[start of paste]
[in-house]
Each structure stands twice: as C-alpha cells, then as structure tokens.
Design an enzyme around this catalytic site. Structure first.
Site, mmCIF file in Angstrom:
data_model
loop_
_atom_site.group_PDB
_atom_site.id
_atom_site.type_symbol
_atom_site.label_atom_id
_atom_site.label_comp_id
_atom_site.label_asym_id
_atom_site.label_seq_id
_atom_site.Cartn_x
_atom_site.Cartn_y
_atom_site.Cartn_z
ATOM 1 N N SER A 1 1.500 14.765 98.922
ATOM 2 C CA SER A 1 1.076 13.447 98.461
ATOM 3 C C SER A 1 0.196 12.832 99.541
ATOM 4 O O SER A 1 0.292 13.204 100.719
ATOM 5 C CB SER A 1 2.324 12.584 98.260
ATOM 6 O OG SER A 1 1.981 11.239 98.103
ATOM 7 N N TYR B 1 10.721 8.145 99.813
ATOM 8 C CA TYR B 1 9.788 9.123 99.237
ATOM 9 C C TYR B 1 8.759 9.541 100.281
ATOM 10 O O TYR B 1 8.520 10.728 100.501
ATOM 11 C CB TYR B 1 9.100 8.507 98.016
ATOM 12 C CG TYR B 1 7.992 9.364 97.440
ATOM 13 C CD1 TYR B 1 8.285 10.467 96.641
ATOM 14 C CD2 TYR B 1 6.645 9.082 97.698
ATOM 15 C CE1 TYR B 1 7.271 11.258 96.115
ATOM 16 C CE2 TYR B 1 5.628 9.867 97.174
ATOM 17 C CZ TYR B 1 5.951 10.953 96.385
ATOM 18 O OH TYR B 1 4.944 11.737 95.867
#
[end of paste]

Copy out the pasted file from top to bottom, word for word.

[in-house]
Each structure stands twice: as C-alpha cells, then as structure tokens.
Design an enzyme around this catalytic site. Structure first.
Site, mmCIF file in Angstrom:
data_model
loop_
_atom_site.group_PDB
_atom_site.id
_atom_site.type_symbol
_atom_site.label_atom_id
_atom_site.label_comp_id
_atom_site.label_asym_id
_atom_site.label_seq_id
_atom_site.Cartn_x
_atom_site.Cartn_y
_atom_site.Cartn_z
ATOM 1 N N SER A 1 1.500 14.765 98.922
ATOM 2 C CA SER A 1 1.076 13.447 98.461
ATOM 3 C C SER A 1 0.196 12.832 99.541
ATOM 4 O O SER A 1 0.292 13.204 100.719
ATOM 5 C CB SER A 1 2.324 12.584 98.260
ATOM 6 O OG SER A 1 1.981 11.239 98.103
ATOM 7 N N TYR B 1 10.721 8.145 99.813
ATOM 8 C CA TYR B 1 9.788 9.123 99.237
ATOM 9 C C TYR B 1 8.759 9.541 100.281
ATOM 10 O O TYR B 1 8.520 10.728 100.501
ATOM 11 C CB TYR B 1 9.100 8.507 98.016
ATOM 12 C CG TYR B 1 7.992 9.364 97.440
ATOM 13 C CD1 TYR B 1 8.285 10.467 96.641
ATOM 14 C CD2 TYR B 1 6.645 9.082 97.698
ATOM 15 C CE1 TYR B 1 7.271 11.258 96.115
ATOM 16 C CE2 TYR B 1 5.628 9.867 97.174
ATOM 17 C CZ TYR B 1 5.951 10.953 96.385
ATOM 18 O OH TYR B 1 4.944 11.737 95.867
#